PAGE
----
The allegations in Oliver's complaint and the statements made in his declaration fail to demonstrate that Oliver qualifies as an original source. Oliver's knowledge of the information underlying the allegation of fraud in the complaint is not “direct” because Oliver possessed no firsthand knowledge of Philip Morris's unlawful price differential, but rather gained all his knowledge second-hand. Oliver argues that “the fact that a relator undertakes investigatory efforts does not prevent the information derived from that investigation from being ‘direct.’ ” Appellant Br. at 57-58. However, it is not Oliver's investigation but his lack of firsthand knowledge prompting his investigation that precludes his original source status.
Our Circuit has found a relator who conducts an investigation to be an “original source,” but only where the relator possessed some direct knowledge of the conduct implicated by the fraud. For example, in Springfield Terminal, we held that a relator who conducted investigatory efforts was an “original source” under § 3730(e)(4)(B). 14 F.3d at 657. There, the relator had participated in a prior federal action related to an arbitration dispute under the Railway Labor Act. Id. at 647. In seeking to set aside the arbitration award, the relator obtained the arbitrators' pay vouchers during discovery and realized that the arbitrators billed the government for “activities unrelated to the arbitration proceedings.” Id. The relator thereafter filed a qui tam complaint, alleging that the arbitrator had billed the government for days he had not worked on the proceeding. Id. at 648. The relator's “suspicions first arose upon inspection of [the] pay vouchers” because, “[b]ased upon its own involvement in the arbitration,” the relator knew that the arbitrator had no work to perform on days he billed the government. Id. The relator “then conducted further investigation on its own” by calling numbers listed on the arbitrator's telephone records, which revealed that the arbitrator had been out of the country for personal reasons for which he had billed the government. Id.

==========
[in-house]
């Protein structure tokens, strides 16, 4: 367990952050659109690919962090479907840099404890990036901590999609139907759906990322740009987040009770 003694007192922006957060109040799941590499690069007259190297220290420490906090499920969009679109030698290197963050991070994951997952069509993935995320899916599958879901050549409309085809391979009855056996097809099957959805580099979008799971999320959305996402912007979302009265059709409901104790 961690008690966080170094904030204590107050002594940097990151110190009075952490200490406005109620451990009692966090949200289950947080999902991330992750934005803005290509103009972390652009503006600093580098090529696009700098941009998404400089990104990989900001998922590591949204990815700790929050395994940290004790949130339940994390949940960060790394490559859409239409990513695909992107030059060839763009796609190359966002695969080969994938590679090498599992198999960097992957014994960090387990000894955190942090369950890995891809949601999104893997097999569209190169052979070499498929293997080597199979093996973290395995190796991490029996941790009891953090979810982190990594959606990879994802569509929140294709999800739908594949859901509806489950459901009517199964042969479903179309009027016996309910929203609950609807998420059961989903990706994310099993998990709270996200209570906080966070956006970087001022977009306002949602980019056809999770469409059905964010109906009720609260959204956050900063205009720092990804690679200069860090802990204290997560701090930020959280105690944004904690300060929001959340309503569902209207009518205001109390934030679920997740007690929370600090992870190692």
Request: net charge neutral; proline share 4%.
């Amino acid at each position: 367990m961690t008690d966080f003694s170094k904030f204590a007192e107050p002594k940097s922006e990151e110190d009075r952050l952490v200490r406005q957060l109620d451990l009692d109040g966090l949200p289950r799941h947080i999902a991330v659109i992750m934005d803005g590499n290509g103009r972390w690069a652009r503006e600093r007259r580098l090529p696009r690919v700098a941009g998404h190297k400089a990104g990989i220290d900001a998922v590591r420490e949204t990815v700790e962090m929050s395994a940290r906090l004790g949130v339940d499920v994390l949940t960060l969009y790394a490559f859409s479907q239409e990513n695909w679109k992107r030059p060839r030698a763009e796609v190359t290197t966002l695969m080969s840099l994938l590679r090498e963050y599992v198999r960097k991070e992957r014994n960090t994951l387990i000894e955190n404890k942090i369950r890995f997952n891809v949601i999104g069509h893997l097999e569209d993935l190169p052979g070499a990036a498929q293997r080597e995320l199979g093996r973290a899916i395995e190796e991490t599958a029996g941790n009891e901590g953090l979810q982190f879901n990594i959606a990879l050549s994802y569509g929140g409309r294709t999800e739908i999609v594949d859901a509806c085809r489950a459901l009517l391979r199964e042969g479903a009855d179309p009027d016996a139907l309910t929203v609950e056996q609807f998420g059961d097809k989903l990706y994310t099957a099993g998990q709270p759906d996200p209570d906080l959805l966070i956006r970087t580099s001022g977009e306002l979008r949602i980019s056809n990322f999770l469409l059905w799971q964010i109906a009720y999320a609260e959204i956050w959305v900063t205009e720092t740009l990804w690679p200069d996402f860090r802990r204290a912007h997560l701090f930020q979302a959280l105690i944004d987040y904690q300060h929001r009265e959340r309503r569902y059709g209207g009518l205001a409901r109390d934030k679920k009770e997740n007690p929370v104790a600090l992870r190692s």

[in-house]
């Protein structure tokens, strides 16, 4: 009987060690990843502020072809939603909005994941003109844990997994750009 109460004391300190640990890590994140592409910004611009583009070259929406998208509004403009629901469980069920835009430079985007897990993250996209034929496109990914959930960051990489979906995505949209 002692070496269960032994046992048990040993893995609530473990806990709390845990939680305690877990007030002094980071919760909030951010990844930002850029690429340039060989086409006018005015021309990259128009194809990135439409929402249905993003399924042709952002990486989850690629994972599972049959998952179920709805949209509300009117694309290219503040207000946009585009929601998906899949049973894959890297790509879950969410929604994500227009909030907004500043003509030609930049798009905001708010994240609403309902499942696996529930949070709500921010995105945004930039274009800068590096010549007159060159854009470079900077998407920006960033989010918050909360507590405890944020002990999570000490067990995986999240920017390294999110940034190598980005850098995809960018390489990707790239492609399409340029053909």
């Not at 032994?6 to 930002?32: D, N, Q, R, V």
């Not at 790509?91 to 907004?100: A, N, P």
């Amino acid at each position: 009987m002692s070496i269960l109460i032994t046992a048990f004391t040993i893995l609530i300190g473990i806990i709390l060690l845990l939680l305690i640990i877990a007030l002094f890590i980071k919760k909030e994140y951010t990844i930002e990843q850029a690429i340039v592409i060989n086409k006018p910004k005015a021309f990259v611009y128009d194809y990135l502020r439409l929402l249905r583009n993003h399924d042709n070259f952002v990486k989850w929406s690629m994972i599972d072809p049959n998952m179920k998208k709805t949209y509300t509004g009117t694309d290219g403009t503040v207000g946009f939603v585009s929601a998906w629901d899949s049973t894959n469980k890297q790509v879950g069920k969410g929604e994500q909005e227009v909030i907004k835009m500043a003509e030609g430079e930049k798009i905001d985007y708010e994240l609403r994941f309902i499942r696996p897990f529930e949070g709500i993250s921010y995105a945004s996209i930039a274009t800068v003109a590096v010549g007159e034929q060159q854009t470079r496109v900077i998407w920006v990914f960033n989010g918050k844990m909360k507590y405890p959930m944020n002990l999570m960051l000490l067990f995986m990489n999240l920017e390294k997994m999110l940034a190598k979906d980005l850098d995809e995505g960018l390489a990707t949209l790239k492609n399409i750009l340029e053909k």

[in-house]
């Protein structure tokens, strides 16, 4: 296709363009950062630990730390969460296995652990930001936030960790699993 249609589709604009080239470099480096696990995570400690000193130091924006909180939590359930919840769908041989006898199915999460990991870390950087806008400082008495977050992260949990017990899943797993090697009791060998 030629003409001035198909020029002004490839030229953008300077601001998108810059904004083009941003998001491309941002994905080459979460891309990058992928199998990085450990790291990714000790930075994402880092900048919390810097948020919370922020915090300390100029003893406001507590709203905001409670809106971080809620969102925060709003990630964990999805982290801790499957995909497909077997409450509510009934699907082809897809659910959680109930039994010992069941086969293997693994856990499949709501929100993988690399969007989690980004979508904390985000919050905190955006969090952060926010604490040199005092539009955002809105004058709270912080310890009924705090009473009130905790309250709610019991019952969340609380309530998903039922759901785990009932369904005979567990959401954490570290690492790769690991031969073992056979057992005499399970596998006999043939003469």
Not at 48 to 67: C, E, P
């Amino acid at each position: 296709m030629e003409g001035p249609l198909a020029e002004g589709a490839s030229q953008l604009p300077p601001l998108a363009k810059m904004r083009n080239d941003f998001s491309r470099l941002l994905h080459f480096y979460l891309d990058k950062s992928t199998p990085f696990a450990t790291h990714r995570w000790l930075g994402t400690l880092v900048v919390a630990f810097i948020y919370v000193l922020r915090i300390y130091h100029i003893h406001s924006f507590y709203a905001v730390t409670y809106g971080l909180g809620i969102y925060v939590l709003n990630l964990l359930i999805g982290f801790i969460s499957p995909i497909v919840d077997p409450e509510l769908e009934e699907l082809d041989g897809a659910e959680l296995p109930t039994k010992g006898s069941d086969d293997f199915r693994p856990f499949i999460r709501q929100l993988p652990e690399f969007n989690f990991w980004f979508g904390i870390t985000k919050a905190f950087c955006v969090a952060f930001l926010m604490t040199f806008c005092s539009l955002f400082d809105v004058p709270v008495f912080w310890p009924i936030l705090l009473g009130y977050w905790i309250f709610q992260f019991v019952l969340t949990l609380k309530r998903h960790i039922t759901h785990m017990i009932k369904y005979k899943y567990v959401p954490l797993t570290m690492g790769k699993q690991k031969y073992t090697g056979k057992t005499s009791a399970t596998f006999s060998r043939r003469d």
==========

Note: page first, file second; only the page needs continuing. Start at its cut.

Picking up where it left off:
We held that it was “beyond question” that the relator was an original source. Id. at 657. “[T]he pay vouchers and phone records did not themselves suffice to indicate fraud.” Id. As a result, the relator “bridged the gap by its own efforts and experience, which in th[at] case included personal knowledge of the arbitration proceedings and interviews with individuals and businesses identified in the telephone records.” Id. (emphasis added). The relator “started with innocuous public information; it completed the equation with information independent of any preexisting public disclosure.” Id. The relator's personal knowledge of the arbitration proceedings shows that “a relator need not have first-hand knowledge of all of the information supporting his allegations, but he must have at least some first-hand knowledge of that information.” U.S. ex rel. Antoon v. Cleveland Clinic Found., 788 F.3d 605, 621 (6th Cir. 2015) (Gibbons, J., concurring) (citation omitted).